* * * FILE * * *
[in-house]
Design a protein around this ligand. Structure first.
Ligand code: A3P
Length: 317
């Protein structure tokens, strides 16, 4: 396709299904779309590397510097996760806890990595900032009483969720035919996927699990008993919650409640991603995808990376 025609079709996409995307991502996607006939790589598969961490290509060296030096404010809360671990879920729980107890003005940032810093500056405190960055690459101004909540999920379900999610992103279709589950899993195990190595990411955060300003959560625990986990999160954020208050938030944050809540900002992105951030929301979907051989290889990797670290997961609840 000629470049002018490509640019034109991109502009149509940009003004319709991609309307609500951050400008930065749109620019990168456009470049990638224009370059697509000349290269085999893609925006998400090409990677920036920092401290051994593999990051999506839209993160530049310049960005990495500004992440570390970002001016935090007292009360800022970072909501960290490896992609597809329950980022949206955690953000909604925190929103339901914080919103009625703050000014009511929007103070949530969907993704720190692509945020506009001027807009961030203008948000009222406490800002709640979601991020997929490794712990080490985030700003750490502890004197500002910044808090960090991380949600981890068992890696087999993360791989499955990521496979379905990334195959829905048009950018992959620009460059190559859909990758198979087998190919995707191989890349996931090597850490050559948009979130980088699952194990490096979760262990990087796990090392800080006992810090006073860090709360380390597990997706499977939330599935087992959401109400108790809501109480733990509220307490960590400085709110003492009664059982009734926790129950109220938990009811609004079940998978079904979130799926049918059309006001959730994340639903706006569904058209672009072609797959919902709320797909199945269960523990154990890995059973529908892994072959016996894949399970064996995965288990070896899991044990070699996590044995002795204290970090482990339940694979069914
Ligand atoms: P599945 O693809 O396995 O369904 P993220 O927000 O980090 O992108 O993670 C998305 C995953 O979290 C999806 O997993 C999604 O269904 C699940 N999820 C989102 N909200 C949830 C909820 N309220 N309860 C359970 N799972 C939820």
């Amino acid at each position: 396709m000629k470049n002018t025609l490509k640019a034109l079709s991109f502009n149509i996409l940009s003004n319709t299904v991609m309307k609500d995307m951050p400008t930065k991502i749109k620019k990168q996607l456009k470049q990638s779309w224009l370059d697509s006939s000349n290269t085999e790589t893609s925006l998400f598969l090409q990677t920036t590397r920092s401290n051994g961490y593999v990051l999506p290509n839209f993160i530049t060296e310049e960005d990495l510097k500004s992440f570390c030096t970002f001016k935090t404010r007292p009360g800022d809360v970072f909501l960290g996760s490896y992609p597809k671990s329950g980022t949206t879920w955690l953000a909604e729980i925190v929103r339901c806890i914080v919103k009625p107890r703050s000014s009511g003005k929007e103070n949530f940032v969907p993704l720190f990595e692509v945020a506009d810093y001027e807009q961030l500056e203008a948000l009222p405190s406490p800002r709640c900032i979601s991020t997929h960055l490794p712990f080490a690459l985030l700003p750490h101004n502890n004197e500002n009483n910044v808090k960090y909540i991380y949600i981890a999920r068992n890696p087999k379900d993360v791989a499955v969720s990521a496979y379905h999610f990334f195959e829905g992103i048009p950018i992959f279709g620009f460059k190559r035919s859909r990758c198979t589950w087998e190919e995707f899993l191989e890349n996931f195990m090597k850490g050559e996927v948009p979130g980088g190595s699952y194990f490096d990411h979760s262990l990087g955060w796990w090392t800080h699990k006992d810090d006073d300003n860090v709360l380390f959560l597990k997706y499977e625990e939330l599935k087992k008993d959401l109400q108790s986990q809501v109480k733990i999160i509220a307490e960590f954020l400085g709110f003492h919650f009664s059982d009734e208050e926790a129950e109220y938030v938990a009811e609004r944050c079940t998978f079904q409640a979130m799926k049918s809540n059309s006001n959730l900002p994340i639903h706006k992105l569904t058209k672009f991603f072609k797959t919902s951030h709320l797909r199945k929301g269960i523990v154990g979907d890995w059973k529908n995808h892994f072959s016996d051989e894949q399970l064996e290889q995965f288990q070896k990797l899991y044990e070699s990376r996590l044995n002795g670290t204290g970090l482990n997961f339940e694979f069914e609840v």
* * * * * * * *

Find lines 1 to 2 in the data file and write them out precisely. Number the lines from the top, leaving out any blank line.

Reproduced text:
[in-house]
Design a protein around this ligand. Structure first.